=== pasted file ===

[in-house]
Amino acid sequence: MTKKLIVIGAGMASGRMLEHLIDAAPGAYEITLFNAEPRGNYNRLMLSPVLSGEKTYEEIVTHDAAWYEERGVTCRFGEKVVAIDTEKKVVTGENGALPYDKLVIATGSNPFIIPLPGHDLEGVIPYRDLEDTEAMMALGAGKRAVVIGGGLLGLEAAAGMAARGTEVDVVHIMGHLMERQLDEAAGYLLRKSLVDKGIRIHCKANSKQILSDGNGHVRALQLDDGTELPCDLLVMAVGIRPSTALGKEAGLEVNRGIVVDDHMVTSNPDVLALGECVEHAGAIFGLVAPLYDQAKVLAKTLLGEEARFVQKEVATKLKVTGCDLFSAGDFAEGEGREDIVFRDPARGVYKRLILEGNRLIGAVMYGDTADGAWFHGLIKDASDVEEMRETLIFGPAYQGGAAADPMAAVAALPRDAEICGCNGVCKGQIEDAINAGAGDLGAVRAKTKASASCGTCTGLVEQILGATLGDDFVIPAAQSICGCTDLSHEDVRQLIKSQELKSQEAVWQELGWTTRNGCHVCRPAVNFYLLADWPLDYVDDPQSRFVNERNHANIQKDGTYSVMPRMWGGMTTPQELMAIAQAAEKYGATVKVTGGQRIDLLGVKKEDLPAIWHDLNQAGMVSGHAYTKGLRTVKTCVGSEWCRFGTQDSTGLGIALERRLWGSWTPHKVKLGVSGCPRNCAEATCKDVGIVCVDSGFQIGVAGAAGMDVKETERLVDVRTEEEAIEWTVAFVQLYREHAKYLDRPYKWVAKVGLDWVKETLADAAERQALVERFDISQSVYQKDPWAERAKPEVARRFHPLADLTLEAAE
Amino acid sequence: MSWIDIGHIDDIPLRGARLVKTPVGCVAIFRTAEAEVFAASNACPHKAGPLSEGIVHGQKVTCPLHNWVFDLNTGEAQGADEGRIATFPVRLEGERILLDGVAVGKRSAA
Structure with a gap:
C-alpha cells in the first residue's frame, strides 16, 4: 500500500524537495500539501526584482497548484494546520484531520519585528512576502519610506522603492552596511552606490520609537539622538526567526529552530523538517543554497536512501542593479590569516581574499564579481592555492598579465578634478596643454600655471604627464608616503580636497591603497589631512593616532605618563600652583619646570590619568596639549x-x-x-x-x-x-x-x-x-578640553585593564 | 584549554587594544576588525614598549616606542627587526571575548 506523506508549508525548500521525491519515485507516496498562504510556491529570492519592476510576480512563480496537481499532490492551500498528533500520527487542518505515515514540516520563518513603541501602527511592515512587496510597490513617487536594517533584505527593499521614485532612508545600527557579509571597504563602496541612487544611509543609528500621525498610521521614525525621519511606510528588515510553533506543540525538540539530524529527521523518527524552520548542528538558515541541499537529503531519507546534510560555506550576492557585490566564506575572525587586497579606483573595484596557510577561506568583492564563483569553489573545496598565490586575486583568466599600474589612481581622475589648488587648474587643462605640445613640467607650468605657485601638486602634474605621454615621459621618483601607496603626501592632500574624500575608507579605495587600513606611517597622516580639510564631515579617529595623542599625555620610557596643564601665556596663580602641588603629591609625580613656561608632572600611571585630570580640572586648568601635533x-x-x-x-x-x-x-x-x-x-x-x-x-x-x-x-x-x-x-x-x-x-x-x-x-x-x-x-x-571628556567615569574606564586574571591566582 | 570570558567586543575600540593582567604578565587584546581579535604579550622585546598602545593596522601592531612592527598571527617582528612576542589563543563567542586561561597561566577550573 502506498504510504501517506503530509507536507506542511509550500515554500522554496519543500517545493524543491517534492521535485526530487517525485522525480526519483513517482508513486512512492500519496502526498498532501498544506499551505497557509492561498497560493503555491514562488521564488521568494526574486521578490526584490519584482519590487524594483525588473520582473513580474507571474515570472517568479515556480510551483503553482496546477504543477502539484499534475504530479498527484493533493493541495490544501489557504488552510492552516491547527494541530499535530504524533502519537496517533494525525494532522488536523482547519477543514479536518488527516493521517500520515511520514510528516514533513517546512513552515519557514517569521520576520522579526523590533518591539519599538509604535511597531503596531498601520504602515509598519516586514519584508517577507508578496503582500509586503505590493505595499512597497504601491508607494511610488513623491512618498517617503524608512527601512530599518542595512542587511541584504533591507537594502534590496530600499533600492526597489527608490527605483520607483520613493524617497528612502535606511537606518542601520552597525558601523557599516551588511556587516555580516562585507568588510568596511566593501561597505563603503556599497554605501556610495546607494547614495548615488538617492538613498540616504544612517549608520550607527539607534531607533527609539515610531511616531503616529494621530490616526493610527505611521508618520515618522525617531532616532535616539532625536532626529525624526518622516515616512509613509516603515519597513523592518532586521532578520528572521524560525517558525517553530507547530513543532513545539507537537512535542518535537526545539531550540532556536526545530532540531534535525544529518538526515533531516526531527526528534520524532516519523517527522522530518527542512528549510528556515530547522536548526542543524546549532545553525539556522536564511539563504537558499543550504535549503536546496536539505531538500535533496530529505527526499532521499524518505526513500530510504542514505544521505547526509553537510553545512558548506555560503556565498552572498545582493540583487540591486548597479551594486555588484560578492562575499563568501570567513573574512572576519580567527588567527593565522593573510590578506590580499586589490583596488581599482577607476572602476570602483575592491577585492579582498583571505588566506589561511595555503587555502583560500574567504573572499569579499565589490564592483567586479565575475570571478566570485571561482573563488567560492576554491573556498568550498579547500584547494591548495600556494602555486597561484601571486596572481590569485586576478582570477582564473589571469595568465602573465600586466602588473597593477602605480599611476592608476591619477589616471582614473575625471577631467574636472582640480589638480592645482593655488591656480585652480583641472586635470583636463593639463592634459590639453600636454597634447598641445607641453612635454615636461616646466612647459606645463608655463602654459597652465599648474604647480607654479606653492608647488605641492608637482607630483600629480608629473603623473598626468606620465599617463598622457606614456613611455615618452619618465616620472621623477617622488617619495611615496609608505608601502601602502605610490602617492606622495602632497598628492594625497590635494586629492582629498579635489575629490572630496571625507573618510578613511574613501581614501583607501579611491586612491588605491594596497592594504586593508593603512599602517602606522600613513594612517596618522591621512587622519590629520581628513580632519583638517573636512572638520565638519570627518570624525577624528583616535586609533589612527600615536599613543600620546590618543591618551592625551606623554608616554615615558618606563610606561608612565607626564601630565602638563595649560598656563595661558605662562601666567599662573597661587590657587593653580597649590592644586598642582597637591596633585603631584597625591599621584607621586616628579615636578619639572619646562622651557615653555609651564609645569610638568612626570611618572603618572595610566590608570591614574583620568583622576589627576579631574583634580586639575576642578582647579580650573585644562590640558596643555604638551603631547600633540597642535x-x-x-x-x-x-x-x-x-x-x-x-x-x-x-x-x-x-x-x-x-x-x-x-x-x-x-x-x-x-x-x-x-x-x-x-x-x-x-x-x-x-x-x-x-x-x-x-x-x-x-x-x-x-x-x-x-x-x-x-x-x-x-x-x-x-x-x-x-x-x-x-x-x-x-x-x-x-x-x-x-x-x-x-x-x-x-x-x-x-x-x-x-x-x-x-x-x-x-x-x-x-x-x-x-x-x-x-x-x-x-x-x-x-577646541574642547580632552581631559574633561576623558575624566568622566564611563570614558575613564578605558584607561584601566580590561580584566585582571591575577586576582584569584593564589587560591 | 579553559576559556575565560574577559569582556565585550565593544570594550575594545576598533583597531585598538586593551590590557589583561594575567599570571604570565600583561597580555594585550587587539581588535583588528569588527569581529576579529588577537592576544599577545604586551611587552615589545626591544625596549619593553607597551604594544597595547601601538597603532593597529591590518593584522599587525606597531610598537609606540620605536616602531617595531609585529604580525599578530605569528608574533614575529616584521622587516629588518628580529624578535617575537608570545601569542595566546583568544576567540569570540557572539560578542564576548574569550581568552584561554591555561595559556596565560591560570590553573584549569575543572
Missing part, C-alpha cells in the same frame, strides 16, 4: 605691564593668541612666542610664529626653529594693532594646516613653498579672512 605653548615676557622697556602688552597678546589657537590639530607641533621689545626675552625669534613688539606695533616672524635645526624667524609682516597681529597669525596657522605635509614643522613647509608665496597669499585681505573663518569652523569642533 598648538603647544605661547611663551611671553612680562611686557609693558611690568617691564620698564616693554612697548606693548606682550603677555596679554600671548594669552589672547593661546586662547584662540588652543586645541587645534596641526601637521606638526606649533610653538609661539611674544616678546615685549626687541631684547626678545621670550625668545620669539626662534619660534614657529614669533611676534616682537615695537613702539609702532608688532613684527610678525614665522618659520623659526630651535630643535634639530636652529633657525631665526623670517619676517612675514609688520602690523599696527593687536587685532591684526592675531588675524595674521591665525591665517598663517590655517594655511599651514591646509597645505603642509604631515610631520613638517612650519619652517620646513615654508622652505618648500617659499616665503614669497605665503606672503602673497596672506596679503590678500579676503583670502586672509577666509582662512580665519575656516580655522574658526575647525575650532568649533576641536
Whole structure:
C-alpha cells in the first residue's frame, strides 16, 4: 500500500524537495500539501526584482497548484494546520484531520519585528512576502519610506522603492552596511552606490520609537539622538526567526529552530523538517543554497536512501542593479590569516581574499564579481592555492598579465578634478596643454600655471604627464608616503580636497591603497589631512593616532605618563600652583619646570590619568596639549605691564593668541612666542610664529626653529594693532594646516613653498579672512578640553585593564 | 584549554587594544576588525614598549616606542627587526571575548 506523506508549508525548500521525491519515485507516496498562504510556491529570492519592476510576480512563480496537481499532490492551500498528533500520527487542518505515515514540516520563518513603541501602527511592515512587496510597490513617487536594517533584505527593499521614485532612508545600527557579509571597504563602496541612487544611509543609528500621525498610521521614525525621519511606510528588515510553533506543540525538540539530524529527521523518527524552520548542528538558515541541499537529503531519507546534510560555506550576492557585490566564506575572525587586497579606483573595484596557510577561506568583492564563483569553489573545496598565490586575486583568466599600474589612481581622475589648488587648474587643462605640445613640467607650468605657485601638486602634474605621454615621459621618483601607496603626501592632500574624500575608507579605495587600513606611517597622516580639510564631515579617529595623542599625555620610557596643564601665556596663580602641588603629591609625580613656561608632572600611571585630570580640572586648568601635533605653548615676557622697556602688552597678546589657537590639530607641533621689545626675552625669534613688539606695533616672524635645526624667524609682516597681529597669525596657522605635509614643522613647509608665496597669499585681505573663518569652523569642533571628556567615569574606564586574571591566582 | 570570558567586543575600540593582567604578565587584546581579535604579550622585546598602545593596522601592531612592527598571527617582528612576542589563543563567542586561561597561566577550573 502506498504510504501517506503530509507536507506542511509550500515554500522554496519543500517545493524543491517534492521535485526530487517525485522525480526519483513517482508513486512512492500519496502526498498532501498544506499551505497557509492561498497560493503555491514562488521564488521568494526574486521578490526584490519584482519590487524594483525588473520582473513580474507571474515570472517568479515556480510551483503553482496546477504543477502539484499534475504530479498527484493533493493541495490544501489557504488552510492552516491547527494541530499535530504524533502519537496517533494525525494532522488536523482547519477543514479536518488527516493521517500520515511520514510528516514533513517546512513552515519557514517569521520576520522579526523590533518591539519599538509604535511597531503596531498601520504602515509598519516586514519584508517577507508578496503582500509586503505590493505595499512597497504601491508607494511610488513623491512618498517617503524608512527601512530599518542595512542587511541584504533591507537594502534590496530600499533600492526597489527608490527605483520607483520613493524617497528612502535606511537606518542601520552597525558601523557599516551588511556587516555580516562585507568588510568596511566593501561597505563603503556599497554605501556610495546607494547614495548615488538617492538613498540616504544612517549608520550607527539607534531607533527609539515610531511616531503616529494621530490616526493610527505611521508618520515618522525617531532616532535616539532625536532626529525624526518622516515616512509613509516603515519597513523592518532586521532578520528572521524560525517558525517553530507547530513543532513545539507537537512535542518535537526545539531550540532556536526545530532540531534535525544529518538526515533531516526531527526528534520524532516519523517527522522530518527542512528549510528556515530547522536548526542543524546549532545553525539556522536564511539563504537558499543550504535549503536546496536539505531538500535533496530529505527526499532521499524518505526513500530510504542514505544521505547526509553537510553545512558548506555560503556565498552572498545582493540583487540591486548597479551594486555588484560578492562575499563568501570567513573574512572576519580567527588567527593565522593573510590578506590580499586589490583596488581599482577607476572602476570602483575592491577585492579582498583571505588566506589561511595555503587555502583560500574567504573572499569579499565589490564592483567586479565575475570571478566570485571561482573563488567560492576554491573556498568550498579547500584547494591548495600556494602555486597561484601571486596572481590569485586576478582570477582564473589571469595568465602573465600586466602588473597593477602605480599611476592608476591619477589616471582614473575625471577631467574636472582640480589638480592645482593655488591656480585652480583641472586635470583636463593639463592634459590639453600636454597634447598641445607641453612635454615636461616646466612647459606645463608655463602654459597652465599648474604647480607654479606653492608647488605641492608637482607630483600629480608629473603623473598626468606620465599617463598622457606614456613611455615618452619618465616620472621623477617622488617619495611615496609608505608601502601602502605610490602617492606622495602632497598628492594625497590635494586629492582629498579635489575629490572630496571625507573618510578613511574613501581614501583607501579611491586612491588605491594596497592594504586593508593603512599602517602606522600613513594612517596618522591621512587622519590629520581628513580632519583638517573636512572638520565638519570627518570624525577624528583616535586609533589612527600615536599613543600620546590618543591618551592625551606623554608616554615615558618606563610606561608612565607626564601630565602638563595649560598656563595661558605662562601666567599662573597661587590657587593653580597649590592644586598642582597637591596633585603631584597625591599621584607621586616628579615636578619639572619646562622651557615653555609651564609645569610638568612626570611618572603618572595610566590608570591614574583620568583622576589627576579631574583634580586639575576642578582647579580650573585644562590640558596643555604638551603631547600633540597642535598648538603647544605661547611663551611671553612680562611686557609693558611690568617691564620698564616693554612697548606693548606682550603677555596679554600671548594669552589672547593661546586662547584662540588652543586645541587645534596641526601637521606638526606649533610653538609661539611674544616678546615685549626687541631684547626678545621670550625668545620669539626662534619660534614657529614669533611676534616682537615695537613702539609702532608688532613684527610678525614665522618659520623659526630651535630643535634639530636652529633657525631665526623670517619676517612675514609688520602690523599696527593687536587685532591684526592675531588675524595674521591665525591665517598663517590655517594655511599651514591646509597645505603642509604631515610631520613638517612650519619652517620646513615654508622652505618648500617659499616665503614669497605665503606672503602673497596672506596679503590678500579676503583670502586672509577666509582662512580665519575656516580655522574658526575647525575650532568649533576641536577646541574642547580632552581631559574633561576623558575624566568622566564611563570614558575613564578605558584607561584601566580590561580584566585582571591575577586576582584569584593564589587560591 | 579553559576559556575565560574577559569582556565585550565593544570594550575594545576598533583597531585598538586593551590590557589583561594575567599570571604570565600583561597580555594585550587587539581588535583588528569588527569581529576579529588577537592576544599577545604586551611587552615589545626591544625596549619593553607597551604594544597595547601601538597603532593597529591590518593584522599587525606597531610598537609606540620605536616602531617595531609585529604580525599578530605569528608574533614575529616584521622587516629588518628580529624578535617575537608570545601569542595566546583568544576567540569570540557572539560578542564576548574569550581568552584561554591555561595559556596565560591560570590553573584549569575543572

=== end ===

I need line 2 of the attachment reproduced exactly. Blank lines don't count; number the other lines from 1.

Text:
Amino acid sequence: MTKKLIVIGAGMASGRMLEHLIDAAPGAYEITLFNAEPRGNYNRLMLSPVLSGEKTYEEIVTHDAAWYEERGVTCRFGEKVVAIDTEKKVVTGENGALPYDKLVIATGSNPFIIPLPGHDLEGVIPYRDLEDTEAMMALGAGKRAVVIGGGLLGLEAAAGMAARGTEVDVVHIMGHLMERQLDEAAGYLLRKSLVDKGIRIHCKANSKQILSDGNGHVRALQLDDGTELPCDLLVMAVGIRPSTALGKEAGLEVNRGIVVDDHMVTSNPDVLALGECVEHAGAIFGLVAPLYDQAKVLAKTLLGEEARFVQKEVATKLKVTGCDLFSAGDFAEGEGREDIVFRDPARGVYKRLILEGNRLIGAVMYGDTADGAWFHGLIKDASDVEEMRETLIFGPAYQGGAAADPMAAVAALPRDAEICGCNGVCKGQIEDAINAGAGDLGAVRAKTKASASCGTCTGLVEQILGATLGDDFVIPAAQSICGCTDLSHEDVRQLIKSQELKSQEAVWQELGWTTRNGCHVCRPAVNFYLLADWPLDYVDDPQSRFVNERNHANIQKDGTYSVMPRMWGGMTTPQELMAIAQAAEKYGATVKVTGGQRIDLLGVKKEDLPAIWHDLNQAGMVSGHAYTKGLRTVKTCVGSEWCRFGTQDSTGLGIALERRLWGSWTPHKVKLGVSGCPRNCAEATCKDVGIVCVDSGFQIGVAGAAGMDVKETERLVDVRTEEEAIEWTVAFVQLYREHAKYLDRPYKWVAKVGLDWVKETLADAAERQALVERFDISQSVYQKDPWAERAKPEVARRFHPLADLTLEAAE